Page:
Besides the chorus and scenic effects, Alice Crandall called for a wagon train, full-sized covered wagons pulled by real horses. These wagons were to hold the pioneer families entering the area on Brigham Young’s command to settle it. Men with large families were called for the parts, men who would have to handle horses, though they’d have other men in the group to keep them under control.

We were surprised when Alma came to my father and asked if he might drive a wagon. “I don’t got as many kids as the others, but I thought maybe with Chad’s boys—they’d like to do it, I think. I think Chad would have done it if they’d asked him.”

“Do you know anything about horses, Alma?”

He shook his head. “But I expect I know as much as Lorenzo Ferris or Ted Lyman.”

“Would you like me to ask Alice Crandall?”

“I’d appreciate it. I don’t know how she’d feel about—you needn’t mention my relation to Chad.”

Georgine was elated when she heard. At first she thought she’d be lucky just to sing in the chorus. “But me and the kids are going to ride in a wagon. Geneva’s boys, too.”

She called people across the valley asking for spare sewing material. “Since we’re going to ride in the wagons, me and Juliet and Lily need pioneer dresses and bonnets for our costume. Alice Crandall says the men can wear Levis, so I got no worries about them. Geneva will look after her boys. It’s the dresses and bonnets I have to fuss with.”

[101] Alma continued to walk to work. It was during this period, I’m sure, that we saw Georgine driving the car tilting on two of its tire rims, Juliet laughing in the back seat, Geneva huddled in front.

When he went to look at the wagons, my father took Alma along to check the horses. Asked how Alma managed, my father said, “He’s a bit nervous, but he’ll do fine.”

My mother went to chorus rehearsals, something she found thrilling, singing hymns with two hundred hand-picked voices and every one of them knowing their parts right off.

When it was ready, the pageant was performed on three different evenings. I went the first. After the opening prayer, given over the loudspeaking system by the stake president, the chorus, sitting on folding chairs at one end of the football field with the rest of the lights off, began to sing “The Spirit of God Like a Fire Is Burning.” The conductor looked small at that distance, his large and vigorous gestures almost balletic as he conducted. With my father’s binoculars, I found my mother among the sopranos. The sound was full, though distant, and immediately following the final chord, the conductor lunged with his fist in the direction of the darkened half of the football field. Thunder rattled. Banks of lights flashed on to disclose the range of mountains—Twin Peaks, Spring Ridge, Granite Mountain—while from the gate at the far corner of the football stadium the wagons rolled in.

“Come, come, ye saints …”

Lorenzo Ferris was in the lead with Ted Lyman behind him. Third in line, creaking out of the shadows with a jingle of harness, came Alma Snowhill with his team. His face looked grim and tense in my binoculars as the wagon crossed the running track. But when the wheels rolled onto the grass of the playing field, the muscles around his mouth relaxed.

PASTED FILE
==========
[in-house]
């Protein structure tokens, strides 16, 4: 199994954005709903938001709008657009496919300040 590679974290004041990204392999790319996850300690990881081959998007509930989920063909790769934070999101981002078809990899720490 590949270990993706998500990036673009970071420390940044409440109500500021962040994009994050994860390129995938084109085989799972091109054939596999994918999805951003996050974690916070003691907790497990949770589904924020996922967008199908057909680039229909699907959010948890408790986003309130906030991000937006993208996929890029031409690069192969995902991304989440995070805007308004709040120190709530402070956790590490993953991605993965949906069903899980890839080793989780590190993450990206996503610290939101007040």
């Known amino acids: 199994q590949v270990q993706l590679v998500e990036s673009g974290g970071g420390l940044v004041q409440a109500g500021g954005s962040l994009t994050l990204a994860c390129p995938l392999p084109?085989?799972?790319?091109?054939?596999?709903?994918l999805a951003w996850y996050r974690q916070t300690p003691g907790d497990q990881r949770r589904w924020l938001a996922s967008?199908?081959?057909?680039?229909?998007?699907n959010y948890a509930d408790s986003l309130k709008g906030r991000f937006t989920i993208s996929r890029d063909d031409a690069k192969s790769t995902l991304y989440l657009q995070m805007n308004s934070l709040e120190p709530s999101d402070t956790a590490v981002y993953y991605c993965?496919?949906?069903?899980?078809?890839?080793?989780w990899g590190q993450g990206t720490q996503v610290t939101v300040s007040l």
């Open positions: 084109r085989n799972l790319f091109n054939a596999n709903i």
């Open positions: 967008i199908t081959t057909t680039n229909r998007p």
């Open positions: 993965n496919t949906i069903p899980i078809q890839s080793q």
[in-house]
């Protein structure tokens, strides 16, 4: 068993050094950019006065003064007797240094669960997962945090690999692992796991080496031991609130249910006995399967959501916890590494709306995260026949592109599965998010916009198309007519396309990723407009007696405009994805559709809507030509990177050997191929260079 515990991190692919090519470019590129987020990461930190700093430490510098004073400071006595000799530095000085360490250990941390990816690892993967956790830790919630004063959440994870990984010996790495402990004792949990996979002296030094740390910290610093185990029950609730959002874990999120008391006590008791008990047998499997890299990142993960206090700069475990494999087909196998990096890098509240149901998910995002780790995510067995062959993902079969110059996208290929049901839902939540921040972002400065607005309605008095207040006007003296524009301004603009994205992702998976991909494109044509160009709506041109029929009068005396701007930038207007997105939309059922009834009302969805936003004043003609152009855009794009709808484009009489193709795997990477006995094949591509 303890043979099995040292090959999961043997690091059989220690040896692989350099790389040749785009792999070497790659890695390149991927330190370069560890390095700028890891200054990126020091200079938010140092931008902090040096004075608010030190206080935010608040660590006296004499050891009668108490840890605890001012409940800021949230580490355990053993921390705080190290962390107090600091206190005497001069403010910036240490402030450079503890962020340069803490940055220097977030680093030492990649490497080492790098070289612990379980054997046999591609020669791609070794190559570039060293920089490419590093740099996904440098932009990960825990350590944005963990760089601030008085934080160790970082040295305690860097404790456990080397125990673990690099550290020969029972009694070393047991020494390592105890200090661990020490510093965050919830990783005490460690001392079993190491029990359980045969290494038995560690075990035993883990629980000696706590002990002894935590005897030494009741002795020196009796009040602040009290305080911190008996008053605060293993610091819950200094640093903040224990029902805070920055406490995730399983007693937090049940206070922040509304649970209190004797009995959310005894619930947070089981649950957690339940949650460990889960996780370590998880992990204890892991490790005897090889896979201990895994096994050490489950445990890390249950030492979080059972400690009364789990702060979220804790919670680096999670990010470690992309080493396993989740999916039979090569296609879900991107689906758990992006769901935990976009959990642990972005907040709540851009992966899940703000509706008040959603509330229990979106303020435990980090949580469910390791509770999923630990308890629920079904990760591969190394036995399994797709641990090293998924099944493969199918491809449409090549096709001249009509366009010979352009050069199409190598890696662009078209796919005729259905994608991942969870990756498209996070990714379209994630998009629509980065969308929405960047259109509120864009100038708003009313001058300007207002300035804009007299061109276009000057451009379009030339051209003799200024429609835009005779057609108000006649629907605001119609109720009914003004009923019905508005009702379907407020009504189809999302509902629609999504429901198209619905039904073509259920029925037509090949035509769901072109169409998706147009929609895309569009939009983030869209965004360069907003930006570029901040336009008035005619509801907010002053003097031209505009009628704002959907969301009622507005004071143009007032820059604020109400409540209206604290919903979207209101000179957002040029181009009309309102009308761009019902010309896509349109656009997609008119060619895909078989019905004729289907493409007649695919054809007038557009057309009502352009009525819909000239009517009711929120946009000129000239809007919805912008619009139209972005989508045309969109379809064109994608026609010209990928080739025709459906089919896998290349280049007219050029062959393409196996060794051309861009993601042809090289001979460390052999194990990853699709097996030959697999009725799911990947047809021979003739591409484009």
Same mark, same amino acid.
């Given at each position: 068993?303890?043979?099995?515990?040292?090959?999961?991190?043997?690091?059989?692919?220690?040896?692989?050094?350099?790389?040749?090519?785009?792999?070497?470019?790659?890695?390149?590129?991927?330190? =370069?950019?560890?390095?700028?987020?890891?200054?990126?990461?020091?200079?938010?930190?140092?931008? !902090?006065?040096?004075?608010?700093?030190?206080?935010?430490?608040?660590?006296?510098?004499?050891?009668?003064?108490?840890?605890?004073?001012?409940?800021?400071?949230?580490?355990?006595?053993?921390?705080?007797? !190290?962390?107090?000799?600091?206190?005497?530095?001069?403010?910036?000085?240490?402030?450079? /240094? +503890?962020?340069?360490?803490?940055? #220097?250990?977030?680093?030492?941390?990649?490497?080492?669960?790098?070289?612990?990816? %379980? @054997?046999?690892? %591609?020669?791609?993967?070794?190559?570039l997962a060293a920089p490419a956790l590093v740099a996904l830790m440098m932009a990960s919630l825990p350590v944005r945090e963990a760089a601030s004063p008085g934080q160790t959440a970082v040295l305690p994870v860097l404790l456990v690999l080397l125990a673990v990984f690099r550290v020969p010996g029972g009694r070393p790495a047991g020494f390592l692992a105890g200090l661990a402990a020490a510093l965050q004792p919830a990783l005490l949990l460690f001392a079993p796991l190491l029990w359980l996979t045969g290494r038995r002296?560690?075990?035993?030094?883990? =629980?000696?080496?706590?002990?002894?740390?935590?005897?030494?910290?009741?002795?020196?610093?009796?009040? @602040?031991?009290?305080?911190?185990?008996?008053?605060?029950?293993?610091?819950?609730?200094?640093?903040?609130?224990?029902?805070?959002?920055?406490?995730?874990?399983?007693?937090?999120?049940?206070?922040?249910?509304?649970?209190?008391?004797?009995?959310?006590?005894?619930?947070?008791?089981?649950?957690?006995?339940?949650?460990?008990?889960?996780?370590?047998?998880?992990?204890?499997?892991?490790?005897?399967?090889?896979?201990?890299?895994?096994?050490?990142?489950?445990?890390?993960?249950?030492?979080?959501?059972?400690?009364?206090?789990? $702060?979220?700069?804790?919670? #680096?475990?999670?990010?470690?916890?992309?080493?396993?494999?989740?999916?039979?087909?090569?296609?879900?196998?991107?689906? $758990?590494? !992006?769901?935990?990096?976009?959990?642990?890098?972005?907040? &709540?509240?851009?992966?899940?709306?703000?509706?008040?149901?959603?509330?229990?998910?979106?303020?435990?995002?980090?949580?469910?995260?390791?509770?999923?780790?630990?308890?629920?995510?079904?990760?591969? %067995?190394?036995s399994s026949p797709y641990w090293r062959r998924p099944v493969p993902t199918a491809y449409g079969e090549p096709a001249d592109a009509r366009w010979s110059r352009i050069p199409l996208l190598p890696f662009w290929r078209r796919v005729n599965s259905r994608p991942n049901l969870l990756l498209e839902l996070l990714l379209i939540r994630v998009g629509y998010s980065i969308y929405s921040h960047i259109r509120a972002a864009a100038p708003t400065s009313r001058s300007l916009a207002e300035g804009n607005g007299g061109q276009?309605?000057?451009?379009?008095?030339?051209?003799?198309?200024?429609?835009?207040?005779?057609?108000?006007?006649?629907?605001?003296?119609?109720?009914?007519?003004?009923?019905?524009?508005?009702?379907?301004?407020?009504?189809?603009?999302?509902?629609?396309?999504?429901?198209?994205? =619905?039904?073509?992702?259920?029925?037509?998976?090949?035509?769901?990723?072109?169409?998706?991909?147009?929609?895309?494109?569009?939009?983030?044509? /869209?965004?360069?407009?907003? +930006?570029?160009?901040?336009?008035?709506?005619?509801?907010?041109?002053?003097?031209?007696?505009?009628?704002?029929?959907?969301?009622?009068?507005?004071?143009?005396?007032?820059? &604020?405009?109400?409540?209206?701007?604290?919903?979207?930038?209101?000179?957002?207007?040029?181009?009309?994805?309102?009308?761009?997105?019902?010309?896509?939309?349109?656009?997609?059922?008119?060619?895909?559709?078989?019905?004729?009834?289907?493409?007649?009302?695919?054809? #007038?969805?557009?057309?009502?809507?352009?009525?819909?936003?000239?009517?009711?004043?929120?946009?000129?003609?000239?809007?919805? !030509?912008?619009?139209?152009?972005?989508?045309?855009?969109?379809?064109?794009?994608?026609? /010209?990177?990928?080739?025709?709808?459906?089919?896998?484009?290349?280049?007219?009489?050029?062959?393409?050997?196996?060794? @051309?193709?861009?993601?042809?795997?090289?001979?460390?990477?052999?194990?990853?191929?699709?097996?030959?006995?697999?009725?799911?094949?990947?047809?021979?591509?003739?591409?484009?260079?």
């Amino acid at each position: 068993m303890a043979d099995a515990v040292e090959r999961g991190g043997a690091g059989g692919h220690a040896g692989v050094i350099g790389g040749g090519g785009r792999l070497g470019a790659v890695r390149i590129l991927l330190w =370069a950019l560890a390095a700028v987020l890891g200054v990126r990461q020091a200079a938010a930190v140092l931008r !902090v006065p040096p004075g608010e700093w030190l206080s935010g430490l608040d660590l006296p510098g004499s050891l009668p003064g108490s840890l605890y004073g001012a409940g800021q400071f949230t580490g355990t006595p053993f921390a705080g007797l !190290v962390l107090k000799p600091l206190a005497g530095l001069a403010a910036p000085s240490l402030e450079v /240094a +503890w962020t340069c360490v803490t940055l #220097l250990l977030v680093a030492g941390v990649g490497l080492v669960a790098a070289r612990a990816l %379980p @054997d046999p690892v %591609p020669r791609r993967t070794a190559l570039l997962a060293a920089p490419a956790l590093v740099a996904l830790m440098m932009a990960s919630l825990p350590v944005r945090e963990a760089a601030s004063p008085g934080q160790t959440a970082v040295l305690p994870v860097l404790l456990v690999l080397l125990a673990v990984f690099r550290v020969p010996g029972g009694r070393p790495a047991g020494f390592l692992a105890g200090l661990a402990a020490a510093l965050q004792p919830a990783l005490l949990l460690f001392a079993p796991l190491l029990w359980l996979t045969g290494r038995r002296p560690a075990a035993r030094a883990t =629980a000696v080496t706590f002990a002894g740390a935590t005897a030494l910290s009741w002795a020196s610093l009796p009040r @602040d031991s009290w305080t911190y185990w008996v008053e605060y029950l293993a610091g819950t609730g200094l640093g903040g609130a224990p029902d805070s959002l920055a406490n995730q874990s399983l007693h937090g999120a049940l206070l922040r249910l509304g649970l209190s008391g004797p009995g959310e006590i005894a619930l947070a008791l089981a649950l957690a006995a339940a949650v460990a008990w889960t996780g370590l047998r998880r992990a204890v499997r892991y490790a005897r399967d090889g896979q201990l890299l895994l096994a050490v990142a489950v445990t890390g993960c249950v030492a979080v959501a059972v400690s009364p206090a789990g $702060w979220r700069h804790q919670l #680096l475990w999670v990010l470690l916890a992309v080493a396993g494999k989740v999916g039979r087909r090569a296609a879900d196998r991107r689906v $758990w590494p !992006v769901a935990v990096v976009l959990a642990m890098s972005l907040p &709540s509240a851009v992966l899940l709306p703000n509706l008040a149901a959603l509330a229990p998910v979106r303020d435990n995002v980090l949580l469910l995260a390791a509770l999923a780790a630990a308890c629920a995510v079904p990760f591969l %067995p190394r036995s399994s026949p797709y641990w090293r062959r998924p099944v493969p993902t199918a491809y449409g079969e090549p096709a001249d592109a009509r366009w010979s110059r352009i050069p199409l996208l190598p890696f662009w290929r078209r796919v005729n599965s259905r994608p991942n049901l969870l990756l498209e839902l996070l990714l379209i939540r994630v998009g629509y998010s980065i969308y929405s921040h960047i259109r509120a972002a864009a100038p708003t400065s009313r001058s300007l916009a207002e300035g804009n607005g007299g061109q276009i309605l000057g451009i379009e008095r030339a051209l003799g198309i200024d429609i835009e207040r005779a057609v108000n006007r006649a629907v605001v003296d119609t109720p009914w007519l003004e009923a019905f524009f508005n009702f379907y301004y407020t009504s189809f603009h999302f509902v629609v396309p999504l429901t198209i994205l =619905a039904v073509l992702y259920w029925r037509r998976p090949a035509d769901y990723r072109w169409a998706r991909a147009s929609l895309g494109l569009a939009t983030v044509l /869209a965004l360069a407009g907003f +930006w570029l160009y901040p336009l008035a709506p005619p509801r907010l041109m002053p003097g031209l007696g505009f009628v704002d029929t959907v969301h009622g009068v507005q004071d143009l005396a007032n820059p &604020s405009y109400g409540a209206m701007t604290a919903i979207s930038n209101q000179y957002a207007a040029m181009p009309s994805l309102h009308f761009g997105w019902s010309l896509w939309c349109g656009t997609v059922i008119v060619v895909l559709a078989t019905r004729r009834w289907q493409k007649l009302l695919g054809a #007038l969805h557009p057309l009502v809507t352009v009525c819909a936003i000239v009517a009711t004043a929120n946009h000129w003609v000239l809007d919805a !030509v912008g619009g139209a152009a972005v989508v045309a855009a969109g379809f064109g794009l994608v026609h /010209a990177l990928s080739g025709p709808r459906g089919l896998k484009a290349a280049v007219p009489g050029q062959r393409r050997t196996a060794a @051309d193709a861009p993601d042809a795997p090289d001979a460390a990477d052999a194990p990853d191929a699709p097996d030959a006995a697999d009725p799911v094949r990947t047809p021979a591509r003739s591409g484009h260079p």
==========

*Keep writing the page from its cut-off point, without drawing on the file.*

Georgine’s big bonnet covered her features. Periodically, she pulled the brim back to peer in the direction of the wooden bleachers where we sat. Between her and Alma, I could see Juliet’s skittery face, eyes and mouth wide, her bonnet fallen to the back [102] of her head. Perhaps it was just as well that I couldn’t see Georgine’s features. I’d have seen her scowl then, the way she glared at Alma. I might have wondered why. And not known until later that as the wagons waited to enter, lined up behind the oleanders and the mountains, and as Alma climbed up to take the reins and my father stood by with Geneva’s two older boys to help Georgine in, Georgine suddenly said, “I’m driving them horses.”

A wave of panic must have rippled Alma’s face.

“But Georgine—” said my father.

“Alma’s never been on a horse in his life.”

“That might be true—” Alma murmured.

“So I’m driving the horses.”

“I’ve got the reins.”

“All I know,” said Georgine, “is I’m not getting on that wagon with Alma driving.”

To my father’s surprise, and I’m sure to Georgine’s, Alma turned his head toward the gate to the stadium and said, “That’s all right then. Juliet can sit up front. I’m taking Chad’s boys.”

At that, hearing the last verse of the hymn begin, Georgine, in gingham dress and white heels, put one foot on a spoke of the wheel, and before she knew it, with the help of my father and two of the boys, she was settled on the wagon seat next to Alma. Even then, on the last chord of the hymn, she tried to snatch the reins, but they were too firmly wound about Alma’s thin fists. Then the thunder clapped, and they moved forward bearing Georgine’s sour frown.

I didn’t know of this until later. I only saw the smile rise on Alma’s face as his wagon followed the first two into the lights and saw the horses under his direction move into the circle for the day’s camp, the mountains tall and blazing with color in the background. As though in that spot and at that time the country in which he stood were unbroken and new. And the chorus sang, “All is well. All is well.”